In their empirical investigation of the role of feelings in understanding advertising effects, Edell and Burke (1987) reported a wide range of both positive and negative emotions. Subjects' negative emotions were described as: angry, annoyed, critical, depressed, disinterested, fed-up, irritated etc. Interestingly, Edell and Burke found that: (1) both negative and positive feelings toward advertising appeals can co-occur; for example, individuals may experience both sad and happy feelings during exposure to different parts of the same advertisement; and (2) both categories of emotions play a significant role in predicting the effectiveness of the ad.

Although researchers have made reasonable progress in exploring the mediating role of emotions in the consumer's responses to advertising, most of this work has focused on positive feelings (see also Aaker, Stayman and Hagerty 1986; Batra 1986; Batra and Ray 1985; Holbrook and Batra 1987; Holbrook 1986; Holbrook and Westwood 1988). Recognizing the need for future research, Batra and Ray (1986) suggested that "a wider sample of commercials needs to be studied that includes negatively valenced affective responses such as fear and anxiety, among others" (p. 247). Allen, Machleit and Marine (1988) expressed the sentiment that negative emotion, given its cognitive complexity, may prove to be more difficult to evoke than positive emotion (Isen 1984). Consequently, ads designed to produce negative emotions such as fear and guilt may not " work as often or as reliably as those designed to yield joy or interest" (p. 14). For these and other reasons, Allen et al. emphasized the need for additional advertising research on the role of negative emotions.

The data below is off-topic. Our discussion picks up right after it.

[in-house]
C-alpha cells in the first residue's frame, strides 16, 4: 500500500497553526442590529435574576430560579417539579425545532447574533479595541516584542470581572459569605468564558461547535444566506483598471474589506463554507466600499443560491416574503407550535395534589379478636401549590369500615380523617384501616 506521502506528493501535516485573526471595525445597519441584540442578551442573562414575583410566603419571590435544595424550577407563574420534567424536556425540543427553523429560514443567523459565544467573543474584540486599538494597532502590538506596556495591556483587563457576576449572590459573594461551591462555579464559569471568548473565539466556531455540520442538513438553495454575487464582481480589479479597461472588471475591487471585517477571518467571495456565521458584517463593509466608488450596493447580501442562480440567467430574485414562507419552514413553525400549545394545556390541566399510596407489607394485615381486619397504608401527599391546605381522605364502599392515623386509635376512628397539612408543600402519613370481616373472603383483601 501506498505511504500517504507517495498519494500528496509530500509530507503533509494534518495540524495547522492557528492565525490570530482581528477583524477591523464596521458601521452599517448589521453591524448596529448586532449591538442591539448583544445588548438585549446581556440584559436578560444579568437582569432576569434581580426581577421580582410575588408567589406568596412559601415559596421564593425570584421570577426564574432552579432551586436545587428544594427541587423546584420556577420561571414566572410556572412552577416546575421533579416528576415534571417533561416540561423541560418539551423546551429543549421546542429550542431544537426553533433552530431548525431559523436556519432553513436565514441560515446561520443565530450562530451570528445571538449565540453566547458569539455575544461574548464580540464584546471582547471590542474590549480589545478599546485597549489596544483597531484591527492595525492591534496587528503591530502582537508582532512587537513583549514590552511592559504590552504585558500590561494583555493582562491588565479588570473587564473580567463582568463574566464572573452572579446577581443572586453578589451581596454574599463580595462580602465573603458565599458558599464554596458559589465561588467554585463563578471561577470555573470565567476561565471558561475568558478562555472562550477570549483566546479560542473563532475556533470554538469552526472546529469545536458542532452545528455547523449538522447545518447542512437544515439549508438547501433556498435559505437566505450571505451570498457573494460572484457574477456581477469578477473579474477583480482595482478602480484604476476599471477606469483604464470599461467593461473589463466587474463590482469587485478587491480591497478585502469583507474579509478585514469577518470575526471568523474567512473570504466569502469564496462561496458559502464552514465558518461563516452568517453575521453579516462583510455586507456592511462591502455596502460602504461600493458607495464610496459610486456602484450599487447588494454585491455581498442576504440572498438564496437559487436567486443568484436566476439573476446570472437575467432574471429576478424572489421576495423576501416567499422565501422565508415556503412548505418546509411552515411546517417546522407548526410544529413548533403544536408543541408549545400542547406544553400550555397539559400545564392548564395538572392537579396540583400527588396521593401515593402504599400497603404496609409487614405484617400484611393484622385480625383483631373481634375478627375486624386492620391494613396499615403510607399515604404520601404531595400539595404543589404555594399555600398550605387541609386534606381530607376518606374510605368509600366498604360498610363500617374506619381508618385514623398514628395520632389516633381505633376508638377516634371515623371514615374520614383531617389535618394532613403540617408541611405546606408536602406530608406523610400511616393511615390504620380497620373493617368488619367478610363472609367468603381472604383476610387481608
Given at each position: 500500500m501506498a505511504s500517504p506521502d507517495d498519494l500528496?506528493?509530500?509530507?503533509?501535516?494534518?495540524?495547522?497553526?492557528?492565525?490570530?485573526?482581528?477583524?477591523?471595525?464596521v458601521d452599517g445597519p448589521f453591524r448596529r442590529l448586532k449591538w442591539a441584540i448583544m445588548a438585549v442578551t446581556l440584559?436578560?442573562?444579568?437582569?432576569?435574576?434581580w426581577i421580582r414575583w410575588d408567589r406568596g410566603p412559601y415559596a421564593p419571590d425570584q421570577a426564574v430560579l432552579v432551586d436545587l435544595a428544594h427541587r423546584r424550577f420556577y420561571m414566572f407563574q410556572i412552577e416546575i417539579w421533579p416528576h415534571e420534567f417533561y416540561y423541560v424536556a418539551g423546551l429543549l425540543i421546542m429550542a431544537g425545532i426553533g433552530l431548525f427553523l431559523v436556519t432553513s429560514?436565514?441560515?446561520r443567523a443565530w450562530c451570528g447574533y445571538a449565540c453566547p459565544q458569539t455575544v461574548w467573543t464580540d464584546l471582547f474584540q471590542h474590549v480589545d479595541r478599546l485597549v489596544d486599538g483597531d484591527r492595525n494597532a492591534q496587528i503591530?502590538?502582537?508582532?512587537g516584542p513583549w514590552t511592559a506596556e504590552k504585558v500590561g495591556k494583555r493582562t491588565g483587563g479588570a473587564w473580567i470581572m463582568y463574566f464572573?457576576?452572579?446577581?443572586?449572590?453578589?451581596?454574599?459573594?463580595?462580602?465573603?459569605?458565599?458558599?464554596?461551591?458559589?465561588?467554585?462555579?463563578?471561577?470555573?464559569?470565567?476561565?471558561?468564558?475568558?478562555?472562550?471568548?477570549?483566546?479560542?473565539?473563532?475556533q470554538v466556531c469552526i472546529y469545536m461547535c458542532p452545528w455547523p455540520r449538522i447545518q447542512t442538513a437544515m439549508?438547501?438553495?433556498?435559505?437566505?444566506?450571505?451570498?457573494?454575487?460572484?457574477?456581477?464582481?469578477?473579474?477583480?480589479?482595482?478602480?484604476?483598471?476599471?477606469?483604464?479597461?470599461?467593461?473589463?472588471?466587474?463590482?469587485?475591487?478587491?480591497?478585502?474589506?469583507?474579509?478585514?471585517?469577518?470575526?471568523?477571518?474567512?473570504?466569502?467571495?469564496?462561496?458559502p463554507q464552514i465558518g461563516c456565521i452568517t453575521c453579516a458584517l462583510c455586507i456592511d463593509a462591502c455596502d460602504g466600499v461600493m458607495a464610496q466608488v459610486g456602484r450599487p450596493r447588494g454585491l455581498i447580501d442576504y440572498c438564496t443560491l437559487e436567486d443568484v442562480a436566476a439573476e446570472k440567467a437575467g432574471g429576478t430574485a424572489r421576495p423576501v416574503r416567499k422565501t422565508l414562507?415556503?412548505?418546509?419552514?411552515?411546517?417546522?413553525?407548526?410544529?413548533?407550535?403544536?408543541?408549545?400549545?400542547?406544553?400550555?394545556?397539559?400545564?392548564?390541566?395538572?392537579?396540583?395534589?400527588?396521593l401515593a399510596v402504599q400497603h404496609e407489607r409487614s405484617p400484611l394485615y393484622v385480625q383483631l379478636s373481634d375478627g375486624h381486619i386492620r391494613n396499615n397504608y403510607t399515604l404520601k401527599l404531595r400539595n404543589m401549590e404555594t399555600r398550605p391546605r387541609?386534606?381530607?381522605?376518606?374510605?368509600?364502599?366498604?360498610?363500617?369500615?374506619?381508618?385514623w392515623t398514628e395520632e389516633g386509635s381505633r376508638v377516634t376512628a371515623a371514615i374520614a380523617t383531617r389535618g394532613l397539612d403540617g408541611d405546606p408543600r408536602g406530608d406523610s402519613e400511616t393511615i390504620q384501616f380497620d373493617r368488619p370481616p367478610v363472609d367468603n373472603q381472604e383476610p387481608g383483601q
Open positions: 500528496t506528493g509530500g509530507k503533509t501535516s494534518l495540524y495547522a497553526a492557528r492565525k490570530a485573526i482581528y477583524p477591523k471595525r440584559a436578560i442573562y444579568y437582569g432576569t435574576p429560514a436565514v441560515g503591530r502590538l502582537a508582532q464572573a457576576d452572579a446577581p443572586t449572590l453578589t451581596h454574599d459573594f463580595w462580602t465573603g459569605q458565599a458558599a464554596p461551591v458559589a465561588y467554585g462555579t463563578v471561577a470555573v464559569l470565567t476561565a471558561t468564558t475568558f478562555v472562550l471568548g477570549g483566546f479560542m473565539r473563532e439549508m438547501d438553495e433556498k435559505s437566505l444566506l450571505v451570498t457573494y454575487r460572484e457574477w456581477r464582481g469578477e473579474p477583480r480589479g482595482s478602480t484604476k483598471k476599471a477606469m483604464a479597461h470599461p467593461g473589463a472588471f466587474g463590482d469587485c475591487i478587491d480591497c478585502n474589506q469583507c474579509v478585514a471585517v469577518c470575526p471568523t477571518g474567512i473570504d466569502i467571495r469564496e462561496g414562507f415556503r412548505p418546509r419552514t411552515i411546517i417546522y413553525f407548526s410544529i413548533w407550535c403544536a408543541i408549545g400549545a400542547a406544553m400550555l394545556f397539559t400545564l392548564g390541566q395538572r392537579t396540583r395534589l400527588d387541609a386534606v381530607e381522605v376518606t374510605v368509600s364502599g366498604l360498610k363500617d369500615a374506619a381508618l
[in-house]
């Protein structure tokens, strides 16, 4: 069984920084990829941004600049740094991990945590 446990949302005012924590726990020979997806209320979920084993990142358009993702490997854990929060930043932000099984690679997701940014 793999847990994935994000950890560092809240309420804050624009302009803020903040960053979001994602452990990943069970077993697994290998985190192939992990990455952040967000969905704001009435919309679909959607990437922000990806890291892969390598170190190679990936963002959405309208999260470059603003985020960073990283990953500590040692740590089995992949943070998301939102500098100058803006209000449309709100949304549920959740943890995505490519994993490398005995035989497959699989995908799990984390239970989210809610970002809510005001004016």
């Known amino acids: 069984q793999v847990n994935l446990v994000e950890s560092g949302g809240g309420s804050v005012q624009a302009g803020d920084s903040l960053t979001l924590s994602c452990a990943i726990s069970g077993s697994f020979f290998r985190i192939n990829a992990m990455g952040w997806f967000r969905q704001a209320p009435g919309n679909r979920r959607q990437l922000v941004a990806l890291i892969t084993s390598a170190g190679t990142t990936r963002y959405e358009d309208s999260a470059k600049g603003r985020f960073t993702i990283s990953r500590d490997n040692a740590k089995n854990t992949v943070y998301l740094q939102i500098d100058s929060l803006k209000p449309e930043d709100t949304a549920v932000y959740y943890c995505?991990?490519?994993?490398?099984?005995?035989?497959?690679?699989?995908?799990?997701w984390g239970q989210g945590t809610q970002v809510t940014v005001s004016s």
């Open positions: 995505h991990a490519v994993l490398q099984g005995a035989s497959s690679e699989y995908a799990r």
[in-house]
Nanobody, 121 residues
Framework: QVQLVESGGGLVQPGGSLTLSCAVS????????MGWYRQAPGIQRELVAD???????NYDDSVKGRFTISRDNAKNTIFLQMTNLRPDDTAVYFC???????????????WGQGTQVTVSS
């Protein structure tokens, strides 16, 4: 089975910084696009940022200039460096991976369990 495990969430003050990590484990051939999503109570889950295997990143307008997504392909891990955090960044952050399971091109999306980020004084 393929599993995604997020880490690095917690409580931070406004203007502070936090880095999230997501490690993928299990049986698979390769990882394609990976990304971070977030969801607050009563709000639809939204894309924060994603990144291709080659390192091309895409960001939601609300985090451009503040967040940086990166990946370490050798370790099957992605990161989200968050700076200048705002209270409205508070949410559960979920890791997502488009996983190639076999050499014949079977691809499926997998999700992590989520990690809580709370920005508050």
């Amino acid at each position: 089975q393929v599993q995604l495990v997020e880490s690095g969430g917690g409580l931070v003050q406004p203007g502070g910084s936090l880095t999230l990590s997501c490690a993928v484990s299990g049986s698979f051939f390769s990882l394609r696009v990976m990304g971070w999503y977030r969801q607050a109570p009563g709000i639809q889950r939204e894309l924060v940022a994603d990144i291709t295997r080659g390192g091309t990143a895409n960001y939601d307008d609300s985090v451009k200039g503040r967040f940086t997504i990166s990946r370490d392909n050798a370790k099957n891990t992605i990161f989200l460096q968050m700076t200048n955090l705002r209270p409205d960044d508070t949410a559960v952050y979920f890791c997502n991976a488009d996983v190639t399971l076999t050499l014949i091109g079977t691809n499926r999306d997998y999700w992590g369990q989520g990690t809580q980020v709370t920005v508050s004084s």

In the next section of this paper, we will discuss some of the highlights of previous research in social psychology on the role of negative emotions on attitudes -- particularly attitudes toward helping. Within this context the concept of empathy and its influence on helping behavior will be discussed.